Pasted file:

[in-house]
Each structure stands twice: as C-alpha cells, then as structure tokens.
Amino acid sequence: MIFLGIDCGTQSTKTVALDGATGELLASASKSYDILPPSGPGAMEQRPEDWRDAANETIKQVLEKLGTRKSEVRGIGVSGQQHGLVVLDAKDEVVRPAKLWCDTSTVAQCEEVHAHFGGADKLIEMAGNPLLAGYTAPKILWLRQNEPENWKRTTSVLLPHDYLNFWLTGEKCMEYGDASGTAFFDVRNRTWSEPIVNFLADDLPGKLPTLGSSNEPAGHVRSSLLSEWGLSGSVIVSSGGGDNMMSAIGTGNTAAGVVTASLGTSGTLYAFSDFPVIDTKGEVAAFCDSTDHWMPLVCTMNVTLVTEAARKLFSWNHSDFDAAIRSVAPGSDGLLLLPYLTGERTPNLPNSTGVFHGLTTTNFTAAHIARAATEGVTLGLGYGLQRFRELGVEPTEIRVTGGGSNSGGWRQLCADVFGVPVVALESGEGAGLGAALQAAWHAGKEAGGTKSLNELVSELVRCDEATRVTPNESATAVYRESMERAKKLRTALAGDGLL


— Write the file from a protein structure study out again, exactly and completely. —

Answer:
[in-house]
Each structure stands twice: as C-alpha cells, then as structure tokens.
Amino acid sequence: MIFLGIDCGTQSTKTVALDGATGELLASASKSYDILPPSGPGAMEQRPEDWRDAANETIKQVLEKLGTRKSEVRGIGVSGQQHGLVVLDAKDEVVRPAKLWCDTSTVAQCEEVHAHFGGADKLIEMAGNPLLAGYTAPKILWLRQNEPENWKRTTSVLLPHDYLNFWLTGEKCMEYGDASGTAFFDVRNRTWSEPIVNFLADDLPGKLPTLGSSNEPAGHVRSSLLSEWGLSGSVIVSSGGGDNMMSAIGTGNTAAGVVTASLGTSGTLYAFSDFPVIDTKGEVAAFCDSTDHWMPLVCTMNVTLVTEAARKLFSWNHSDFDAAIRSVAPGSDGLLLLPYLTGERTPNLPNSTGVFHGLTTTNFTAAHIARAATEGVTLGLGYGLQRFRELGVEPTEIRVTGGGSNSGGWRQLCADVFGVPVVALESGEGAGLGAALQAAWHAGKEAGGTKSLNELVSELVRCDEATRVTPNESATAVYRESMERAKKLRTALAGDGLL